Mo Review: Mo Amer’s bittersweet sitcom is exactly the kind of series Netflix should be making more of

The new series from Netflix Mon starts almost like The sopranos. We see a burly character (comedian Mo Amer) driving to work. The shots alternate between Mo smoking a cigarette and skipping to the tunes of Paul Wall and Big Pokey’s “Sittin’ Sidewayz” and half-lit shots of the world he’s passing – not New Jersey, but Houston, Texas. He comes to work (a technical repair shop) and is abruptly fired, fearing that the company may become the target of an immigration raid (Mo is a Palestinian refugee). Later in the episode, he gets involved in a random shootout at a supermarket; he gets a bullet in the arm but refuses to go to the hospital without insurance. Does that sound a lot like comedy to you?

Obviously not, one might think. but Mon is not a traditional sitcom. Created by Amer and comedian Ramy Youssef, the eight-episode series, which draws on aspects of Amer’s own life, belongs in the school of bittersweet, artsy modern sitcoms that include such as Atlanta, ramy and master of nothing. The comparisons to ramy are inevitable thanks to the joint presence of Youssef (who also created and stars in it). ramy) and Amer (who plays Ramy’s cousin Mo on the award-winning Hulu series). But from the beginning Monit’s clear that this is his own thing: a little less profound maybe, but quicker to joke – and with his own unique point of view.

Most MonThe story threads of are built in the first episode. After getting back to his old job – selling shoes and handbags from the trunk of his car – Mo sets out to find a real job. In another ongoing storyline, he tries to navigate the intricacies of the US asylum system to secure legal status for himself and his mother, Yusra (Yusra Najjar). Mo’s immediate family also includes his brother Sameer (Omar Elba), who is on the spectrum. The supporting cast are all solid, but Teresa Ruiz, who plays Mo’s Mexican-American friend Maria, is a standout, and her character adds another interesting perspective — and some cultural clashes — to the mix. Basically, Amer’s performance is quite fun, with his innate comical charisma slipping through the dramatic facade in spurts.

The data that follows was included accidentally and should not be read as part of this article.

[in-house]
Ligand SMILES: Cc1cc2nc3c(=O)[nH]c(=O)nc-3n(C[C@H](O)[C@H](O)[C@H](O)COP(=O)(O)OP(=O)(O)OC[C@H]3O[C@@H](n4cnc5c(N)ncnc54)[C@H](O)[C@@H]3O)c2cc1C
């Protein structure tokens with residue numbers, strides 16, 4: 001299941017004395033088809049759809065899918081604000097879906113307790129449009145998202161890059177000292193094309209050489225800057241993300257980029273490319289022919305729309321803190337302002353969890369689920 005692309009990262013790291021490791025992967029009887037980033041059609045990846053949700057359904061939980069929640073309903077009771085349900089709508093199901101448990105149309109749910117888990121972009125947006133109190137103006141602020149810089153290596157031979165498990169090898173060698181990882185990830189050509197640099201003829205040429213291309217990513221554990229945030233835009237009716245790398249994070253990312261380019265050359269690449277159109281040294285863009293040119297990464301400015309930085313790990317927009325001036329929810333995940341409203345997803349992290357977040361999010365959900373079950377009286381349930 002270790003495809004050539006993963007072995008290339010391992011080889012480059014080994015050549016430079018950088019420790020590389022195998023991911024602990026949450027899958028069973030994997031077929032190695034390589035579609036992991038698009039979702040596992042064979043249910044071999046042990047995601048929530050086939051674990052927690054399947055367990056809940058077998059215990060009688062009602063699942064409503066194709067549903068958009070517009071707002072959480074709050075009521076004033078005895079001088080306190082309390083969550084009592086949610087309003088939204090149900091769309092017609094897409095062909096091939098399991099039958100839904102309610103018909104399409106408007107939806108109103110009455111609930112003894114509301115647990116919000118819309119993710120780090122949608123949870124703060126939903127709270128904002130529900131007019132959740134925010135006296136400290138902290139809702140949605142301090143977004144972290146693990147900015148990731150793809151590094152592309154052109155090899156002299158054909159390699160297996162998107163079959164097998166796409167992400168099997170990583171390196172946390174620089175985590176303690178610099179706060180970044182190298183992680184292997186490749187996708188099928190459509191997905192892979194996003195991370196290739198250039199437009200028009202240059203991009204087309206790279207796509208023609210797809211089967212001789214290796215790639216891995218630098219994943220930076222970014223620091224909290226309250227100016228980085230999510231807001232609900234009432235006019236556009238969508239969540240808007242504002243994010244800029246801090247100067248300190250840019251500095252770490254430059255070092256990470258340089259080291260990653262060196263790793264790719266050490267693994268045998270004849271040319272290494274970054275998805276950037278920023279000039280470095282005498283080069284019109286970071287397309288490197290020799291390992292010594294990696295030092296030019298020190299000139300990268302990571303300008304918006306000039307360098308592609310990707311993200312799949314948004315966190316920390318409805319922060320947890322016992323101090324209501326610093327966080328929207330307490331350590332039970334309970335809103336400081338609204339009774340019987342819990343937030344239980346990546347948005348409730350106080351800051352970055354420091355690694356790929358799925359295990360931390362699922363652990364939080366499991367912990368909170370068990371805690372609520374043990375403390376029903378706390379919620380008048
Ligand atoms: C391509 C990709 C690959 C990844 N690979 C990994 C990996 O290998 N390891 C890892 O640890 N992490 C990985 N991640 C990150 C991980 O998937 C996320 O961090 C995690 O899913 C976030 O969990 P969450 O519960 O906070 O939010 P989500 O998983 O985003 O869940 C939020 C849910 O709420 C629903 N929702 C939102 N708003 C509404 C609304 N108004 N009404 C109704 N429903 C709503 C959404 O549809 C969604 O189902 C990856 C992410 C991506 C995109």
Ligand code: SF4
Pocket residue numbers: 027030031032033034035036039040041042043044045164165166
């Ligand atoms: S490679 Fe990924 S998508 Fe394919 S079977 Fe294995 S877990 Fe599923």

At a time when Netflix’s go-live strategy is under increasing scrutiny, Mon feels like exactly what the streaming service should champion: smart, understated adult programming with a clear sense of identity and a strong creative voice. At best, this doesn’t really feel like a Netflix series. (Perhaps the involvement of A24, the film distribution company known for its slew of acclaimed indie hitssuch as lady bird and Everything everywhere at onceis a factor.) Fans of ramy shouldn’t simply expect more of the same, however Mon tells a sharp, funny and often very moving story that more than deserves to be heard. Mo Review: Mo Amer’s bittersweet sitcom is exactly the kind of series Netflix should be making more of


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